That's truthful bluntness, and a clue to Babcock's thinking. He's 52 and in his prime, and scrapping to barely make the playoffs was fun once, maybe twice. This is three times in a row. He's not blameless for the struggles, but he showed he could adjust to a younger roster. I bet he just doesn't want to adjust for another three or four years.

Babcock also wants to push the salary ceiling for coaches, and the Wings are willing to make him the highest-paid at $3.2 million or more. But they won't shatter their pay structure or plead with him to stay, and another franchise probably will pay closer to $5 million.

Bowman was masterful at finding a team ready to win. It wouldn't be a surprise if Babcock had a similar notion.

"We got lots of good young players, no question about it," Babcock said. "But who's gonna replace Pav? I don't think Pav's going anywhere right away, but you gotta have big-time players up the middle and on the back. We've been drafting good and developing good, but we've been winning too much."

Many moves ahead

A general manager wants to win for a long time, which explains Holland's reluctance to surrender prime prospects in blockbuster trades, a philosophy that needs rethinking this offseason. A coach wants to win big now, because he's judged on short-term results.

The Red Wings aren't allowed to rebuild, not in the traditional sense of missing the playoffs, collecting high picks and restocking with prime talent. They set their own standard with their incredible 24-year playoff streak, and maintaining it has become a mandate. They rebuild on the fly, plug in veterans and mine the draft for gems.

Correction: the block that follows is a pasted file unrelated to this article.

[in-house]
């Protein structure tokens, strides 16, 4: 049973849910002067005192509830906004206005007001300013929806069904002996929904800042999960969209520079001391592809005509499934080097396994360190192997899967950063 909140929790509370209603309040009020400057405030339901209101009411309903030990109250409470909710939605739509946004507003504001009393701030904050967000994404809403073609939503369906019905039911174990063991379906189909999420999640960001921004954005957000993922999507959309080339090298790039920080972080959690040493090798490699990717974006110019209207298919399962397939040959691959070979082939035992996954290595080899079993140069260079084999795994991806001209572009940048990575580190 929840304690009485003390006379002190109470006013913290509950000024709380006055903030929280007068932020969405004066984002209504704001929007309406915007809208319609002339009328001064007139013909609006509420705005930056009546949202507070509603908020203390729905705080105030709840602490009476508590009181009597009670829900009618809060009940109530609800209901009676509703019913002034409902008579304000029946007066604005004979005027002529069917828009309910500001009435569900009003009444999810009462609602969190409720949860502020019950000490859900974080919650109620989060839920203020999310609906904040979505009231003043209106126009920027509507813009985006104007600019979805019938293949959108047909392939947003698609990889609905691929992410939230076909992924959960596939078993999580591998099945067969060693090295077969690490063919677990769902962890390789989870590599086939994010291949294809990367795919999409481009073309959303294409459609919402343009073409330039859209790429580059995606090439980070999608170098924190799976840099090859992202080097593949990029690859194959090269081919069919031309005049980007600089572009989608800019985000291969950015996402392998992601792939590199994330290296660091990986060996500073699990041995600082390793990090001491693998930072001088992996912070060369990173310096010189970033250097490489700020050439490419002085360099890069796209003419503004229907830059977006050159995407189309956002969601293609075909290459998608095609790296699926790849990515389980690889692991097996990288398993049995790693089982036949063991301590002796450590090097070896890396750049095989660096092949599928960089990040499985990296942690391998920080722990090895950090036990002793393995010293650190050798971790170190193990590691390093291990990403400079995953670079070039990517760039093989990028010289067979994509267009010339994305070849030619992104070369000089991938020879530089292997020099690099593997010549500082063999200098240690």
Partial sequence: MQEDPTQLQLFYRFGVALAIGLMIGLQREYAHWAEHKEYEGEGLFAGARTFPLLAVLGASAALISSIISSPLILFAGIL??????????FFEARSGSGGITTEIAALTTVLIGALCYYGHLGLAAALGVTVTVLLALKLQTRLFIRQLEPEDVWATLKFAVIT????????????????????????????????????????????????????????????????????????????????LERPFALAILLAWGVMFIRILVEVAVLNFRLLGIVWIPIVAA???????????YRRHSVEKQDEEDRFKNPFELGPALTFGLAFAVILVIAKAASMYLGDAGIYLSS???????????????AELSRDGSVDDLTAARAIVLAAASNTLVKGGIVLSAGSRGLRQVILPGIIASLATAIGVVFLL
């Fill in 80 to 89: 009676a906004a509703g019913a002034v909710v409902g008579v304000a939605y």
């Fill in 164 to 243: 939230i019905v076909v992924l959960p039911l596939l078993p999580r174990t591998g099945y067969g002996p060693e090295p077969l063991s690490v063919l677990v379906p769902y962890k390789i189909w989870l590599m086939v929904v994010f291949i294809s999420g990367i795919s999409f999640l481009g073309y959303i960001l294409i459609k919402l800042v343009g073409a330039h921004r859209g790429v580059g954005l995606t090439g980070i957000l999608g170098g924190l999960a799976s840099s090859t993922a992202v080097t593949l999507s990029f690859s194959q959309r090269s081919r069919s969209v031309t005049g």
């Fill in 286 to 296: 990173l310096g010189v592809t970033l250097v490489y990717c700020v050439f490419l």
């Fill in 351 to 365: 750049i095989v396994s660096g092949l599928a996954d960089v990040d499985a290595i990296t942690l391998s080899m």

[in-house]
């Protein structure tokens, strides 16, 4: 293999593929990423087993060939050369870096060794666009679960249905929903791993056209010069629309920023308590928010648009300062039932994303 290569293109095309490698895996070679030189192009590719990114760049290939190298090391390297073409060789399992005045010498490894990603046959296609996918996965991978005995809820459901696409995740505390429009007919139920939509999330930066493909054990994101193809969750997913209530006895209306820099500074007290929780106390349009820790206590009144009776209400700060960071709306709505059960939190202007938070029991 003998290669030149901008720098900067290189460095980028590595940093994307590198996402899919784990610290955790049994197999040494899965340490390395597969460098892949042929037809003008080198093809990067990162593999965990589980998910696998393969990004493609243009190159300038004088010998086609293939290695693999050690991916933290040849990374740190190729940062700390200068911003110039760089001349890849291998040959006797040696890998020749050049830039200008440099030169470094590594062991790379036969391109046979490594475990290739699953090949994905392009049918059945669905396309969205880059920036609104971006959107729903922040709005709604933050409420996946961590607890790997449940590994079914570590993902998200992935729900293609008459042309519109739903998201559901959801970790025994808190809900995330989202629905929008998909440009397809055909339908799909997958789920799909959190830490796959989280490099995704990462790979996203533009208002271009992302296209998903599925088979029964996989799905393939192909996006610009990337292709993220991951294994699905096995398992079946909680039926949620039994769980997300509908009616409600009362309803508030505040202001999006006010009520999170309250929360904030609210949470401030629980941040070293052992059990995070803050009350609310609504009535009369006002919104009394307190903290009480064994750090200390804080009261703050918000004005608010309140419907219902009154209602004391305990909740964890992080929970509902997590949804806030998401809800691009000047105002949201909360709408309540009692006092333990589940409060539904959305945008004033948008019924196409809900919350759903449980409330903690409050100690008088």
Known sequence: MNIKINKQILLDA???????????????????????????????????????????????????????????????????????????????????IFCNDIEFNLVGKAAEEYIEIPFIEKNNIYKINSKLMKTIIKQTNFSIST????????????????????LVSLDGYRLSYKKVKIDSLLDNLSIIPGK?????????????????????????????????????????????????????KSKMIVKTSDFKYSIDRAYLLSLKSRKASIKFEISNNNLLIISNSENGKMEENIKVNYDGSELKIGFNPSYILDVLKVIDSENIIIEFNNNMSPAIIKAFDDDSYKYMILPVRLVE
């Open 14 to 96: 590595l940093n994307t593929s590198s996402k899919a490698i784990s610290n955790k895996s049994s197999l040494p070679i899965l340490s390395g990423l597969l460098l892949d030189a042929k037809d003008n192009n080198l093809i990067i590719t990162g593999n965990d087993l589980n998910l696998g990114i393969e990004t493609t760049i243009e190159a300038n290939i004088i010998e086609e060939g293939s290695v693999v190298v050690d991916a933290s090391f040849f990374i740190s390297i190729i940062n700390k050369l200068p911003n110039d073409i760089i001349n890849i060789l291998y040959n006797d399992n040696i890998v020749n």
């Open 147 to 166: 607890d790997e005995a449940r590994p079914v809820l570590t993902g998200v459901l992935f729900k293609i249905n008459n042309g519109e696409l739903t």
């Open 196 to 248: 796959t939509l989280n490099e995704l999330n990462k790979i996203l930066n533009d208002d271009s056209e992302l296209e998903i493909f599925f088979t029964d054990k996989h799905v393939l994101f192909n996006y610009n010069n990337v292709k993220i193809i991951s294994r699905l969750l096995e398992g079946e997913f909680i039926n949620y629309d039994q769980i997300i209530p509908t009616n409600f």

Why do it this way? Well, there's not much evidence the traditional way works, based on the longstanding woes of Edmonton, Toronto, Buffalo and others. And in today's parity, just getting into the playoffs opens all sorts of possibilities.

It's the Wings Way, and it was easier to sustain when they had a superstar in Nicklas Lidstrom manning the blue line. Now they face numerous tough decisions, including at goaltender, where Petr Mrazek proved he's ready but Jimmy Howard has a long-term contract and a $5.3-million salary.

Howard will get a chance to win his job back, and he's probably one of several players who would welcome a fresh start. Babcock's relentless style can grate, but if you go deep into the playoffs, nobody cares. Zetterberg and other players don't say much about the situation, but they know changes are ahead.

"The rebuilding that everyone talks about that all teams go through, we're doing it," Zetterberg said. "We see guys come in — Sheahan, Nyquist, Tatar — that took big steps. They're not just young players anymore that show up once in a while.

" I think the core is good. We have some good things that we can build around."

Whether it's building or rebuilding, it's a difficult task. Would it be more difficult without Babcock? A question that just might get answered.

bob.wojnowski@detroitnews.com